The lead editorial in the NY Times today ("What You Don't Know Can Hurt You") addresses the question of the state's role in the generation of public knowledge. The piece argues that congress should restore funding for census bureau projects that produce important economic data, noting, in reference to financial markets, that "the system cannot thrive without good and timely information." True, no doubt in other sectors too. A question worth asking is whether the political actors who cut funding were aiming only at saving money or keeping government small or were responding to parties who have an interest in restricting the amount and quality of public information that's out there. We can imagine two scenarios: (1) some actors prefer to function in an environment of relative public ignorance; (2) some actors don't want the government to produce and supply information that could be sold for a profit.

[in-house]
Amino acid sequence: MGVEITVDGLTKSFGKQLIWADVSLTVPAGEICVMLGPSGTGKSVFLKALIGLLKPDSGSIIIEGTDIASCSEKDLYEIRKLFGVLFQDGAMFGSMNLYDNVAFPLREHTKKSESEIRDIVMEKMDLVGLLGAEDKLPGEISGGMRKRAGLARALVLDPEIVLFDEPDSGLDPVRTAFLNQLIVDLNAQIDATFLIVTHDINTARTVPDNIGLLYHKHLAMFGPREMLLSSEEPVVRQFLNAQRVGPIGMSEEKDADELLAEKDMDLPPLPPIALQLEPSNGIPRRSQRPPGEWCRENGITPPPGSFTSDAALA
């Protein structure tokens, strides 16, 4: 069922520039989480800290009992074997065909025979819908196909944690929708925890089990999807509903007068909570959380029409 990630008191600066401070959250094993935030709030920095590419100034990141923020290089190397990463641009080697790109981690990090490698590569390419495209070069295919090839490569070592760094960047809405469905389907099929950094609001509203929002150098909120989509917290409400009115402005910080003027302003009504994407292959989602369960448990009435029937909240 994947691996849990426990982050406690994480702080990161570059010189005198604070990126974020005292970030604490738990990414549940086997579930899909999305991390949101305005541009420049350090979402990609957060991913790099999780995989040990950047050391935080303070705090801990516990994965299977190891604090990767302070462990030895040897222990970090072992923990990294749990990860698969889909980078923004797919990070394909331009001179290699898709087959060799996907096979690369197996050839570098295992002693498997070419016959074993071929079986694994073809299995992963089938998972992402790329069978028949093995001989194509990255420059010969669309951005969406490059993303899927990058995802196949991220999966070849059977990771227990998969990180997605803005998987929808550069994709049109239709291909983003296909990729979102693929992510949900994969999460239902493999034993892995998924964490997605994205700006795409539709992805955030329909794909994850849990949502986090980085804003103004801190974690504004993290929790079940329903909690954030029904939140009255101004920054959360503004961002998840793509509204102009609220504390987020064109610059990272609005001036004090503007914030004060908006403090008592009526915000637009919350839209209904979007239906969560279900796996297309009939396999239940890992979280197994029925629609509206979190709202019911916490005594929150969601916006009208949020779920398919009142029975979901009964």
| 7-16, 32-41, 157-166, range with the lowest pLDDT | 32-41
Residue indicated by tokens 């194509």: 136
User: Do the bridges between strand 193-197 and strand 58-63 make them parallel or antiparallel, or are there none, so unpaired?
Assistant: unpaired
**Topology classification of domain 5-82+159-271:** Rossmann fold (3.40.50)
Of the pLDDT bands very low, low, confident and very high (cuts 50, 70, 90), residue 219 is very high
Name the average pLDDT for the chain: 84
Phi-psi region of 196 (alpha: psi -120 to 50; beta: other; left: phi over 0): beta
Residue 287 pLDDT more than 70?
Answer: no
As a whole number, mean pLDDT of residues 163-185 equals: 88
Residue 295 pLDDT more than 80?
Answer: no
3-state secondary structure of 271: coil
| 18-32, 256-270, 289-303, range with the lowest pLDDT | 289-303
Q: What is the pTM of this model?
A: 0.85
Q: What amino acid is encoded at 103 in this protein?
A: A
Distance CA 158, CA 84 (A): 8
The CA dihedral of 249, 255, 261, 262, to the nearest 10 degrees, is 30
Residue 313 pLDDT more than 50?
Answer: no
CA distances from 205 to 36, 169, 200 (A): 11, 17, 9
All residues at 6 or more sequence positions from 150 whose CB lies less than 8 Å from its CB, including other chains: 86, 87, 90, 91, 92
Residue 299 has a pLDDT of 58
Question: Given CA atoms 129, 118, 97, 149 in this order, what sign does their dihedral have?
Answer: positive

We shall see.